This, the second LP from Visage, was released in the same year as Quartet, and the Ultravox influences are far stronger. The line-up features the same Strange/Currie/Ure/Egan/Formula/McGeogh line-up and this work has an overall less hard edge than the first and a more polished production. The whole LP would work wonderfully as a film soundtrack.

The bass and keyboards feature more prominently and the individual Currie/Ure styles appear clearly in individual songs. I am guessing, but I would credit Midge with `Move Up' and `The Horseman'; full of melodic hooks and symphonic power; compare this with the delicate Currie-style beauty of `Again We Love', `What Have You Done To Me' and `Whispers'.

The remaining songs are all strong, rhythmic dance tracks. Of the two which stand out most, `The Anvil' title track is evocative of the 80's club scene and is infuriatingly catchy, whilst `The Damned Don't Cry' is a marvellous pop song.


A couple of reviews by Al Crawford:

Fade to Grey - The Singles Collection

Originally released in 1983, it's taken until 1991 for this Visage compilation to find its way onto CD as a German release. Was it worth the wait?

That really depends on whether you've anxiously been seeking out all the little tidbits of Visage that have found their way onto CD over the years or not. If you haven't, but liked Visage anyway, this is well worth buying, combining as it does all their hits in one disc. However, for the true fanatic it's worth is reduced considerably. The only genuinely new (to CD) track is the cover of Zager & Evans' "In The Year 2525" - everything else has been put out before, either on the CD releases of Visage and The Anvil (these two discs account for "Mind Of A Toy", "Tar", "The Anvil", "Night Train", "Pleasure Boys" and "Damned Don't Cry"), the Mind Of A Toy CDV ("We Move (Remix)") and the German "Fade To Grey" CD5 ("Fade To Grey (12" Version)").

A shame really, as if they'd dug a little deeper they'd have uncovered the cassette version of this album, which contained new remixes of every track (with the exception of "2525") plus the German language version of "The Anvil" - "Der Amböss". As it is, this disc is a nice purchase for the casual buyer but it's value to the collector/fan is reduced greatly - a CD release of the cassette version would, however, have been a must. This is still a welcome addition to my collection but I suspect it's still the cassette that's going to be played most often. 

Fade to Grey - Bassheads 93 Remix

Those who regularly read my reviews will no doubt already be able to guess the contents of my review of this particular remix single. However, before the aberration that is "Fade To Grey - Bassheads 93 Remix" is committed to a deep, dark hole, never to be seen again, I suppose I should still make some attempt at reviewing it, if only so I can say some nasty things about it.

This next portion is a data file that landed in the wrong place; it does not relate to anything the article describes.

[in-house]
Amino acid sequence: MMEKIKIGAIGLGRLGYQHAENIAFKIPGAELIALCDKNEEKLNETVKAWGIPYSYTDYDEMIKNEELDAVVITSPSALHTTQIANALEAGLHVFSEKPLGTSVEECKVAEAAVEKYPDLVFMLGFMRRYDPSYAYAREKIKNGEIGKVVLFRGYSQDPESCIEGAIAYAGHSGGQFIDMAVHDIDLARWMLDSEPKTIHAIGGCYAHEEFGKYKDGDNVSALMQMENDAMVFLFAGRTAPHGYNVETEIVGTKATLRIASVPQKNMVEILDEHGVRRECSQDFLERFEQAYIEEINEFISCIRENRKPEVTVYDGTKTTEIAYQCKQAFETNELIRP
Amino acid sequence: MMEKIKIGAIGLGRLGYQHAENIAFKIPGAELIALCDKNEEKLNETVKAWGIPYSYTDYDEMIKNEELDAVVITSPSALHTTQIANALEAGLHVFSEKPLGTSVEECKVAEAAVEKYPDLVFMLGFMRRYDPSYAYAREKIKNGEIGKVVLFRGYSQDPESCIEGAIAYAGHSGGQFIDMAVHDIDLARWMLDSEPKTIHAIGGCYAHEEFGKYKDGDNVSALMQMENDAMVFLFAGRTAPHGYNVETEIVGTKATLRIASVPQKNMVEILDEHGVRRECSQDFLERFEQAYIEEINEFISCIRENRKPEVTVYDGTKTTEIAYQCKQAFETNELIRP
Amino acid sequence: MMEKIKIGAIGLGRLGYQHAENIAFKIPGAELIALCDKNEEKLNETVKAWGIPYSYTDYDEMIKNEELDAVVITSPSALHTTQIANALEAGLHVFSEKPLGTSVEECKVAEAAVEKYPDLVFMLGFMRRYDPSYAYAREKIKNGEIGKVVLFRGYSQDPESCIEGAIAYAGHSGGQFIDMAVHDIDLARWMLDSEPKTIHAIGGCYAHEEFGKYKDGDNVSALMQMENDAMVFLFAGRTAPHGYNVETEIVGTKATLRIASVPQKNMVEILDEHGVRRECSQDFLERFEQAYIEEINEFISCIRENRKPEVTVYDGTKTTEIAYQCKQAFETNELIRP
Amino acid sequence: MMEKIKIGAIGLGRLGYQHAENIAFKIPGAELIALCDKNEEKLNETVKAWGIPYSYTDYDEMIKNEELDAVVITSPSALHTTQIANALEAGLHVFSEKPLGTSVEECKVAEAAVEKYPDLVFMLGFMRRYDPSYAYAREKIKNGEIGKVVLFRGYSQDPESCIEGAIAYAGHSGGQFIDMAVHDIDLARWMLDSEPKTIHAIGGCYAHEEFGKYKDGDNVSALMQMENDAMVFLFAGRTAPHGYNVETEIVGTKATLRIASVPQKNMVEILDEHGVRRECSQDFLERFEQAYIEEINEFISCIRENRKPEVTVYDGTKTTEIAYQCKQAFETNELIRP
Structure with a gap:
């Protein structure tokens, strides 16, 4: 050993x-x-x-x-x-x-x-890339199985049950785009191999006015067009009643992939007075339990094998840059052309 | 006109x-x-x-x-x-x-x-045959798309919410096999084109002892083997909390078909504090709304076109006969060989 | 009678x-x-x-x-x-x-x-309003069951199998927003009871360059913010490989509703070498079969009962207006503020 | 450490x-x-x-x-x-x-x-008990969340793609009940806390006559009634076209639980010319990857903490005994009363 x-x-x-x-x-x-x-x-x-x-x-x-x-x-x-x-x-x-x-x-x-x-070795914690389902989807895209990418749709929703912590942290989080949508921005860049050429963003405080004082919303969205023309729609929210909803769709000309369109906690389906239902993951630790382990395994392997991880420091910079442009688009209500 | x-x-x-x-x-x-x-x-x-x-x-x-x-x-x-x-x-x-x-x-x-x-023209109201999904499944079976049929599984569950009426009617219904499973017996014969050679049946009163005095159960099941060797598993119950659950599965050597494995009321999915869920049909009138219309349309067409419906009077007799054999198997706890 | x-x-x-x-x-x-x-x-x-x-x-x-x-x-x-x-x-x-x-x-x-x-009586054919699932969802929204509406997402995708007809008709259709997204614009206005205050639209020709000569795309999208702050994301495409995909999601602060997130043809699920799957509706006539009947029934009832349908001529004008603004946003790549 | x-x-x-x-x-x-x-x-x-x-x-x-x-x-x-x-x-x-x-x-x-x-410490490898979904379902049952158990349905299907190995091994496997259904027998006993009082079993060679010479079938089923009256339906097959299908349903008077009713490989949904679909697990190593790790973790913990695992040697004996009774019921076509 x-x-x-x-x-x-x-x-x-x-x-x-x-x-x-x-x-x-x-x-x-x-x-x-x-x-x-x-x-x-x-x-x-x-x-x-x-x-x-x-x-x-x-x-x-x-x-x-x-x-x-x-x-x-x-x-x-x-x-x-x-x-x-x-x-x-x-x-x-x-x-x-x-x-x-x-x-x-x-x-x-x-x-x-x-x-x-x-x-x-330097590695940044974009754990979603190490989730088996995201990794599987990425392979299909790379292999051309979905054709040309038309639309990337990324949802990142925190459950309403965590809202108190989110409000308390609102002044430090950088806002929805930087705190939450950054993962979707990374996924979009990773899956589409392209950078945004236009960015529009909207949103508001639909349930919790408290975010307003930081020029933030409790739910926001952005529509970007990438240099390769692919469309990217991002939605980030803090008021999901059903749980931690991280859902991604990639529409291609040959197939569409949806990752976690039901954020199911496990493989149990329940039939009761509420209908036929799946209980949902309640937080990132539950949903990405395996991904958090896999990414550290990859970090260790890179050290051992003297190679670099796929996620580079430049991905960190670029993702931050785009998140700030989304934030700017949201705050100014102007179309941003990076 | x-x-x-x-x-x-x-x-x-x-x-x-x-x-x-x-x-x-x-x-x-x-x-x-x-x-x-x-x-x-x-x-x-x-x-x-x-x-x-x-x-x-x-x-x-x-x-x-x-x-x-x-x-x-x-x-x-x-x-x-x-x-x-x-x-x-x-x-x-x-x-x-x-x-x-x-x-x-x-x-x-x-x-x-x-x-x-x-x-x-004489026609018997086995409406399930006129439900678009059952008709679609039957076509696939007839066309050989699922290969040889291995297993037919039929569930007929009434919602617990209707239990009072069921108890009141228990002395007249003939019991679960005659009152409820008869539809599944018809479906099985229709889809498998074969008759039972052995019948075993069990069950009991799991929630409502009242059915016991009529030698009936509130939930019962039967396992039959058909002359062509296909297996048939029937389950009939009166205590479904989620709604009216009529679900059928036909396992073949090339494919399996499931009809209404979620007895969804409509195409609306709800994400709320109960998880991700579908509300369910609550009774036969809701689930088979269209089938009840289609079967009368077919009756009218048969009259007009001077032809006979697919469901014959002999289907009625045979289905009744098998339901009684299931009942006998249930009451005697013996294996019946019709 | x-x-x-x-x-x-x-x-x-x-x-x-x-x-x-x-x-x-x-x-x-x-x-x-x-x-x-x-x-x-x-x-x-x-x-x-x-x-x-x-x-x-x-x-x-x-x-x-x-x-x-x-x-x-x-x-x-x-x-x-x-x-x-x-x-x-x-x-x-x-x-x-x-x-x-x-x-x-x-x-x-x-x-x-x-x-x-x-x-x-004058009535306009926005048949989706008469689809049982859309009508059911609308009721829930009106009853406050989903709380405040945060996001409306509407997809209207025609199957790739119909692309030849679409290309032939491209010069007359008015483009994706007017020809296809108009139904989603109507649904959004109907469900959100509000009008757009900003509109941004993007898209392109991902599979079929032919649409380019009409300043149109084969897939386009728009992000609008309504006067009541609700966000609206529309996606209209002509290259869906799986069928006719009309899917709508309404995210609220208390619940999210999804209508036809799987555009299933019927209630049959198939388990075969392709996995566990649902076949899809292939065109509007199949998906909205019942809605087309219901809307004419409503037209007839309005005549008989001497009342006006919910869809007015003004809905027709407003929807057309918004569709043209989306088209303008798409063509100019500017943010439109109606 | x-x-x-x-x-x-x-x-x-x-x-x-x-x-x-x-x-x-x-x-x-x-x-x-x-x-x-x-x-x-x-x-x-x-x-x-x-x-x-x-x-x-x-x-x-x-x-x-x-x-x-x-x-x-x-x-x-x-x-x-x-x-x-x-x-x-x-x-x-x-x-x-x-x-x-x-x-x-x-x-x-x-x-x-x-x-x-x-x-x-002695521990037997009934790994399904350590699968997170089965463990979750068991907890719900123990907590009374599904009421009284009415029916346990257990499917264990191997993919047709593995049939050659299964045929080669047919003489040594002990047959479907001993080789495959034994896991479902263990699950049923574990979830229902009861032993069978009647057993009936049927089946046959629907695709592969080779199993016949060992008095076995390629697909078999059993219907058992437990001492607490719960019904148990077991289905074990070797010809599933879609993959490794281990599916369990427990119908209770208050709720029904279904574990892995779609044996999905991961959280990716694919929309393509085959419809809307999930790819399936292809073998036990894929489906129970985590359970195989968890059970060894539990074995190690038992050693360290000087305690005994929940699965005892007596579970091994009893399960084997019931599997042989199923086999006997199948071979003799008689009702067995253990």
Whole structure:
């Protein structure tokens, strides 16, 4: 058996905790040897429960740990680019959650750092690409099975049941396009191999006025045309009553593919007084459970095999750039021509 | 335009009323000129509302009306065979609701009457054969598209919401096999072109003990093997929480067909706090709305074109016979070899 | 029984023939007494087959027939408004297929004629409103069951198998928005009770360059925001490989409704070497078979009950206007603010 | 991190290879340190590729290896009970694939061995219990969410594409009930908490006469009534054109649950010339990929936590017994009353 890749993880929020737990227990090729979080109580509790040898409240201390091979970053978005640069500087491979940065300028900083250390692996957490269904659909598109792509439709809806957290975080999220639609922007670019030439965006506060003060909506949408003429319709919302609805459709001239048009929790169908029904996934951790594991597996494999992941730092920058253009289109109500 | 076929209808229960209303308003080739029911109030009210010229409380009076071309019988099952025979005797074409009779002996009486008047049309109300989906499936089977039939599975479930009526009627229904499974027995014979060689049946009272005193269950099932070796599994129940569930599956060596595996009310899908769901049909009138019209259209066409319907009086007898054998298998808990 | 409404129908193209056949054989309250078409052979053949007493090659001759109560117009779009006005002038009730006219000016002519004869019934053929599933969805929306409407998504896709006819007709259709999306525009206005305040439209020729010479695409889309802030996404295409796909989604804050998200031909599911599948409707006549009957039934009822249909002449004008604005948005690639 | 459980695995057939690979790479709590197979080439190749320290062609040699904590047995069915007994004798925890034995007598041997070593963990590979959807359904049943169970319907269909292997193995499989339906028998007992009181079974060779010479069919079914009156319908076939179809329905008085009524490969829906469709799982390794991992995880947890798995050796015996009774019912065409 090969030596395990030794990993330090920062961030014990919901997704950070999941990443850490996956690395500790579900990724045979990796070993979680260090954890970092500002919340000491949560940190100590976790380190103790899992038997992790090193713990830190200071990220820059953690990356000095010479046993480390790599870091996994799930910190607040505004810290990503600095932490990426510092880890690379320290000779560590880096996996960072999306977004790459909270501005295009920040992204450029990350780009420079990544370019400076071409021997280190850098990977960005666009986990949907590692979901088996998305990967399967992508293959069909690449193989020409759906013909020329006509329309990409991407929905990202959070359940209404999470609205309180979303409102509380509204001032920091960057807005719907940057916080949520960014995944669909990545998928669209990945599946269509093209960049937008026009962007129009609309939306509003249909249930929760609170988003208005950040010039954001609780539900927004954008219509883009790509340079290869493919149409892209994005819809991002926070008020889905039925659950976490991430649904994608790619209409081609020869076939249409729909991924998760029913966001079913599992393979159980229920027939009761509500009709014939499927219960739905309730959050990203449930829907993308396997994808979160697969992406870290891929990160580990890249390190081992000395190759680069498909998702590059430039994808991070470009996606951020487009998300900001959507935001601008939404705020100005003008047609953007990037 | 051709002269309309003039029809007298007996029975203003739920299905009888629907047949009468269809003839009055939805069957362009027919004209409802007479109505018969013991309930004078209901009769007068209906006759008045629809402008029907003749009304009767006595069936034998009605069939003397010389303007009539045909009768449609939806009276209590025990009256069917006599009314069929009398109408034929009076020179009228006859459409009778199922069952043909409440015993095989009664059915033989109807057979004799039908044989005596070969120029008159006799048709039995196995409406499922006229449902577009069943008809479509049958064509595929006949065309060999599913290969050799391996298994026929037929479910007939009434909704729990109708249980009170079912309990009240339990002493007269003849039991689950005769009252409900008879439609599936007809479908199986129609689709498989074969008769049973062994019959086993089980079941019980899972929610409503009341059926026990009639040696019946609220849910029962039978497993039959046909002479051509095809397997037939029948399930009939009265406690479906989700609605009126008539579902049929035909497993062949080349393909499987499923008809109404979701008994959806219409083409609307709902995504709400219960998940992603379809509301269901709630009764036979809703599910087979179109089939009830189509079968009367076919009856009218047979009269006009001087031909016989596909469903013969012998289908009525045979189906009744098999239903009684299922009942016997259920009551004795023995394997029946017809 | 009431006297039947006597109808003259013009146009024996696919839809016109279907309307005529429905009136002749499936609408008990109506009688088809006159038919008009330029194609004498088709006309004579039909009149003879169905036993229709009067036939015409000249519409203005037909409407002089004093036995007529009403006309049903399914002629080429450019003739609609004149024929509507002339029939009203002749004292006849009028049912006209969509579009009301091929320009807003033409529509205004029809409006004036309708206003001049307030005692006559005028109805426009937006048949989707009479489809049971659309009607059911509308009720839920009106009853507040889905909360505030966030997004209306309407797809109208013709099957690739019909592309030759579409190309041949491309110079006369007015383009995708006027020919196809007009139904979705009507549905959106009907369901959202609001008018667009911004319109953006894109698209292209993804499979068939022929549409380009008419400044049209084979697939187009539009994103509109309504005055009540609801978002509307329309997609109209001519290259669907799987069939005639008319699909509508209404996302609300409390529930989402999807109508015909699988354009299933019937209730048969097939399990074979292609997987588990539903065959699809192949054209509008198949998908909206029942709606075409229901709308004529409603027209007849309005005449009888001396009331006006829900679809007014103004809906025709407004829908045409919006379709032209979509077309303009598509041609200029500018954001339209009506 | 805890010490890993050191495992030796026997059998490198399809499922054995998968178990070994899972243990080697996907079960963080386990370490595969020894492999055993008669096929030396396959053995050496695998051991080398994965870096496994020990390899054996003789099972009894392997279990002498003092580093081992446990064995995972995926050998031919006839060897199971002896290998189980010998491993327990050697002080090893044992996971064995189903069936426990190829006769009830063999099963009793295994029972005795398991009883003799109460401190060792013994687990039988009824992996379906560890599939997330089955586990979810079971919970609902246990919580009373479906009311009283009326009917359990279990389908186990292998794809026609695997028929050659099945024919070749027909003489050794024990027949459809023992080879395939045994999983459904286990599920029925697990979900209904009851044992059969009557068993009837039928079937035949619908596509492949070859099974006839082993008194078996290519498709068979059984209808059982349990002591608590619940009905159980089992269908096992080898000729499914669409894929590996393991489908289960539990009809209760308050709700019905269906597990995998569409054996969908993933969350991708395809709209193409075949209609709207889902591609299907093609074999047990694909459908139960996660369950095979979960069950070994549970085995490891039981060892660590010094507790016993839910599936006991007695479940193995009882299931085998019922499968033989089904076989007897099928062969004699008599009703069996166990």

"Fade To Grey" was, of course, the New Romantic anthem. Originally released late in 1980 it was the group's biggest hit and with a new Visage singles compilation due out in the UK on 27th September (presumably the old Fade To Grey - The Singles Collection souped up a little by the addition of a couple of tacky dance remixes) it was almost inevitable that they'd remix this one and put it out as a single.

If you ever have the misfortune of hearing it, you'll really wish you hadn't. Quite how Bassheads have managed to misinterpret the feel of the original song so drastically boggles the mind. The original, while definitely a dance track, had a fragile, haunting quality. The first remix is standard, boring, identikit 90s dance. Out go all the original synths, out goes almost everything except the vocals, in comes a cliched beat, in comes the remixers being "creative" by replacing as much of the track as they can get away with. It's ghastly. The second remix is worse still - "Fade To Grey" reduced to awful Altern-8 style rave fodder.

The original version offers a brief respite from the steady rain of musical heresies and momentarily reminds the listener that once, long ago, "Fade To Grey" was actually a good song. Subtle beat, wonderful synths. True, time and repeated listening have dulled its impact somewhat, but not enough for it to deserve the indignities heaped upon it in the other mixes here.

Next we have, ahem, the "Bassheads Dub". I've long since learned that the minute a remixer puts their own name somewhere in the song title, it's time to take cover. This particular musical monstrosity adds the inevitable wailing diva, a completely new beat and bears little/no resemblance to the original track whatsoever. Steve Strange would turn in his grave - if he was dead. He isn't, but after hearing the "Bassheads Trance" mix he might well be, coroner's verdict - boredom. Dull, trance dance with the only element of the original track to survive the slaughter being the "We fade to grey" refrain.

The guilty party behind the "Subliminal Mix" is Hypnotic State, who are also responsible for the 7" remix and the "Wild Cat Mix". Now when I'd heard the name I'd been hopeful - perhaps the changes they'd made were subliminal and the end result was a skilfully crafted remix that managed to evoke all the feeling of the original while still sounding contemporary? Nope, 'fraid not, the "Subliminal" apparently refers to what remains of the original track. They've even messed around with those few vocal snippets they've used.

Thirty-nine minutes of musical misery is nicely rounded off by the "Wild Cat Mix". Let's face it, I don't have to say anything about it, you know what I'm going to say already. What puzzles me is that so many remixers who claim to have been influenced by the likes of Visage and other early 80s dance music can then proceed to demonstrate little or no affinity for the feel of the music, resulting in the likes of this, another lamb led to the slaughter at the holy altar of the dance floor.

Overall, I think you could say that I don't like it very much.